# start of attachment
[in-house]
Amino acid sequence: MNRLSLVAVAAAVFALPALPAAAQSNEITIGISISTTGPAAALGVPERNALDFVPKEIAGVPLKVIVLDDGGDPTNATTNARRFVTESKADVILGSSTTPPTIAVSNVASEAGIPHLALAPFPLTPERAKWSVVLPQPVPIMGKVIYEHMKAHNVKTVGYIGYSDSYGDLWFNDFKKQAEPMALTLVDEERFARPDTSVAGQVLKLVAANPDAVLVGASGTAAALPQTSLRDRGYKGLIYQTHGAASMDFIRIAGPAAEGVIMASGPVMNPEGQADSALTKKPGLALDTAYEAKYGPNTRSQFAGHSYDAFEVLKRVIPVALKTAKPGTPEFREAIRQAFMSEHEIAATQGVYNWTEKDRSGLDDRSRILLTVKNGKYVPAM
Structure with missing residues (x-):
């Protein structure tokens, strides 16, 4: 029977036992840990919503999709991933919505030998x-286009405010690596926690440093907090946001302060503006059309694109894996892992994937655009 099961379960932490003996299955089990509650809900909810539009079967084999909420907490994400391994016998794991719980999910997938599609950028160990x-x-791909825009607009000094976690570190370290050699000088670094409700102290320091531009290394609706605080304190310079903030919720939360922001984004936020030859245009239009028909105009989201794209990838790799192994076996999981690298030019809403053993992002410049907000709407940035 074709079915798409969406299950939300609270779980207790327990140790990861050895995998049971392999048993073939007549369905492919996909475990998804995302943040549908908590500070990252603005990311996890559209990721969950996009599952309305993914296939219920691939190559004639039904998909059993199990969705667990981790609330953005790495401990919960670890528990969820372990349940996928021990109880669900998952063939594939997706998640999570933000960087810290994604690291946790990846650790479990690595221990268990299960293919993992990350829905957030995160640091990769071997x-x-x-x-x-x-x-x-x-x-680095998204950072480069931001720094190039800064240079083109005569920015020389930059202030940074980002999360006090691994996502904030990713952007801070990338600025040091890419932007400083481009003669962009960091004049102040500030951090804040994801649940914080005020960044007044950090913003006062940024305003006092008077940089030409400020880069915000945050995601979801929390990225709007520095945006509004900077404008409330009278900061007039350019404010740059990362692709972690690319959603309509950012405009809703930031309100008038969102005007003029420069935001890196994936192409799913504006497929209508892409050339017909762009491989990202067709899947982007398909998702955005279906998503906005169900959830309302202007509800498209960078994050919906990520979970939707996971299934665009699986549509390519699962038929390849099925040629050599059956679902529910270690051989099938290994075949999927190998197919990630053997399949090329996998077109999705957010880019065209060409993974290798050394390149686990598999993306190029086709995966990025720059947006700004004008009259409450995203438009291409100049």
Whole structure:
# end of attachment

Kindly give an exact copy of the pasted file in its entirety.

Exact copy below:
[in-house]
Amino acid sequence: MNRLSLVAVAAAVFALPALPAAAQSNEITIGISISTTGPAAALGVPERNALDFVPKEIAGVPLKVIVLDDGGDPTNATTNARRFVTESKADVILGSSTTPPTIAVSNVASEAGIPHLALAPFPLTPERAKWSVVLPQPVPIMGKVIYEHMKAHNVKTVGYIGYSDSYGDLWFNDFKKQAEPMALTLVDEERFARPDTSVAGQVLKLVAANPDAVLVGASGTAAALPQTSLRDRGYKGLIYQTHGAASMDFIRIAGPAAEGVIMASGPVMNPEGQADSALTKKPGLALDTAYEAKYGPNTRSQFAGHSYDAFEVLKRVIPVALKTAKPGTPEFREAIRQAFMSEHEIAATQGVYNWTEKDRSGLDDRSRILLTVKNGKYVPAM
Structure with missing residues (x-):
């Protein structure tokens, strides 16, 4: 029977036992840990919503999709991933919505030998x-286009405010690596926690440093907090946001302060503006059309694109894996892992994937655009 099961379960932490003996299955089990509650809900909810539009079967084999909420907490994400391994016998794991719980999910997938599609950028160990x-x-791909825009607009000094976690570190370290050699000088670094409700102290320091531009290394609706605080304190310079903030919720939360922001984004936020030859245009239009028909105009989201794209990838790799192994076996999981690298030019809403053993992002410049907000709407940035 074709079915798409969406299950939300609270779980207790327990140790990861050895995998049971392999048993073939007549369905492919996909475990998804995302943040549908908590500070990252603005990311996890559209990721969950996009599952309305993914296939219920691939190559004639039904998909059993199990969705667990981790609330953005790495401990919960670890528990969820372990349940996928021990109880669900998952063939594939997706998640999570933000960087810290994604690291946790990846650790479990690595221990268990299960293919993992990350829905957030995160640091990769071997x-x-x-x-x-x-x-x-x-x-680095998204950072480069931001720094190039800064240079083109005569920015020389930059202030940074980002999360006090691994996502904030990713952007801070990338600025040091890419932007400083481009003669962009960091004049102040500030951090804040994801649940914080005020960044007044950090913003006062940024305003006092008077940089030409400020880069915000945050995601979801929390990225709007520095945006509004900077404008409330009278900061007039350019404010740059990362692709972690690319959603309509950012405009809703930031309100008038969102005007003029420069935001890196994936192409799913504006497929209508892409050339017909762009491989990202067709899947982007398909998702955005279906998503906005169900959830309302202007509800498209960078994050919906990520979970939707996971299934665009699986549509390519699962038929390849099925040629050599059956679902529910270690051989099938290994075949999927190998197919990630053997399949090329996998077109999705957010880019065209060409993974290798050394390149686990598999993306190029086709995966990025720059947006700004004008009259409450995203438009291409100049």
Whole structure: